Opportunistic containers are by default allocated by the central RM, but support has also been added to allow opportunistic containers to be allocated by a distributed scheduler which is implemented as an AMRMProtocol interceptor.
Please see documentation for more details.
MapReduce has added support for a native implementation of the map output collector. For shuffle-intensive jobs, this can lead to a performance improvement of 30% or more.
See the release notes for MAPREDUCE-2841 for more detail.
The initial implementation of HDFS NameNode high-availability provided for a single active NameNode and a single Standby NameNode. By replicating edits to a quorum of three JournalNodes, this architecture is able to tolerate the failure of any one node in the system.
However, some deployments require higher degrees of fault-tolerance. This is enabled by this new feature, which allows users to run multiple standby NameNodes. For instance, by configuring three NameNodes and five JournalNodes, the cluster is able to tolerate the failure of two nodes rather than just one.
The HDFS high-availability documentation has been updated with instructions on how to configure more than two NameNodes.
Previously, the default ports of multiple Hadoop services were in the Linux ephemeral port range (32768-61000). This meant that at startup, services would sometimes fail to bind to the port due to a conflict with another application.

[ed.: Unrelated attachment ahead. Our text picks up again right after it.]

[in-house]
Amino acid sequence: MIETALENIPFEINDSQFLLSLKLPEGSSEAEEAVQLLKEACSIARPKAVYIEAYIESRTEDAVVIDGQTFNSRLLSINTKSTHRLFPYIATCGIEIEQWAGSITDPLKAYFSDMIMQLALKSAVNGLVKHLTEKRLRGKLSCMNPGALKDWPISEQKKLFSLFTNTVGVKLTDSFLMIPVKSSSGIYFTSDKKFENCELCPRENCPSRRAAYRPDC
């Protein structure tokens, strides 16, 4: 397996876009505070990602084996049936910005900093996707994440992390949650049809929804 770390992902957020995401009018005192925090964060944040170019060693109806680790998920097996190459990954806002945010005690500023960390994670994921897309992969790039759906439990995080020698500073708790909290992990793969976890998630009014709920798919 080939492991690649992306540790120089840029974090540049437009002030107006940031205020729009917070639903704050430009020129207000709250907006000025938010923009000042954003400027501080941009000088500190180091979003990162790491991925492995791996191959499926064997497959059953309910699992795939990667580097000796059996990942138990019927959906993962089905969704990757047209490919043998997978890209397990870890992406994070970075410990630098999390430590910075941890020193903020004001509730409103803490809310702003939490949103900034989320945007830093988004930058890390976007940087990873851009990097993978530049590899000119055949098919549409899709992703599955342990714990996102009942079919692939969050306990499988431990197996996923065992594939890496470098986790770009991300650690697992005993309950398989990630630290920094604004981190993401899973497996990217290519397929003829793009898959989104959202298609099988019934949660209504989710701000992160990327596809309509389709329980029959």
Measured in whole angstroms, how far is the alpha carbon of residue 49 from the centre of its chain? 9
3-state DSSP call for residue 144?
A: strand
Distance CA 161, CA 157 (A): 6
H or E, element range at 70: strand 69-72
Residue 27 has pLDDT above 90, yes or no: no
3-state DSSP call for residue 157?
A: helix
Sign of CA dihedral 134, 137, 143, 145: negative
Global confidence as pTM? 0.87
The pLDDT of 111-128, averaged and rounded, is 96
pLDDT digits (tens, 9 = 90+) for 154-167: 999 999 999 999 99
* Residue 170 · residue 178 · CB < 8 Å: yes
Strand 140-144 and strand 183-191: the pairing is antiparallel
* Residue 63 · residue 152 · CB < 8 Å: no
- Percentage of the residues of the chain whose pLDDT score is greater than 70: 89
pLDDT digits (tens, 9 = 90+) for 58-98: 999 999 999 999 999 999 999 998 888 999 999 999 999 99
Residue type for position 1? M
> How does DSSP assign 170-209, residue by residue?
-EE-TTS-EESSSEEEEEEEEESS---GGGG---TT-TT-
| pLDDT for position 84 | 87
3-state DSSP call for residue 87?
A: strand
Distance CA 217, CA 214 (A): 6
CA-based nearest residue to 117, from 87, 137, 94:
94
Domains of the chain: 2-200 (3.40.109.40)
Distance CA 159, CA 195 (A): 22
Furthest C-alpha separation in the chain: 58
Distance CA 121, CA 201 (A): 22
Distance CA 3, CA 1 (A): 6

These conflicting ports have been moved out of the ephemeral range, affecting the NameNode, Secondary NameNode, DataNode, and KMS. Our documentation has been updated appropriately, but see the release notes for HDFS-9427 and HADOOP-12811 for a list of port changes.
Hadoop now supports integration with Microsoft Azure Data Lake and Aliyun Object Storage System as alternative Hadoop-compatible filesystems.
A single DataNode manages multiple disks. During normal write operation, disks will be filled up evenly. However, adding or replacing disks can lead to significant skew within a DataNode. This situation is not handled by the existing HDFS balancer, which concerns itself with inter-, not intra-, DN skew.
This situation is handled by the new intra-DataNode balancing functionality, which is invoked via the hdfs diskbalancer CLI. See the disk balancer section in the HDFS Commands Guide for more information.
A series of changes have been made to heap management for Hadoop daemons as well as MapReduce tasks.
HADOOP-10950 introduces new methods for configuring daemon heap sizes. Notably, auto-tuning is now possible based on the memory size of the host, and the HADOOP_HEAPSIZE variable has been deprecated. See the full release notes of HADOOP-10950 for more detail.
MAPREDUCE-5785 simplifies the configuration of map and reduce task heap sizes, so the desired heap size no longer needs to be specified in both the task configuration and as a Java option. Existing configs that already specify both are not affected by this change. See the full release notes of MAPREDUCE-5785 for more details.
The Hadoop documentation includes the information you need to get started using Hadoop. Begin with the Single Node Setup which shows you how to set up a single-node Hadoop installation. Then move on to the Cluster Setup to learn how to set up a multi-node Hadoop installation.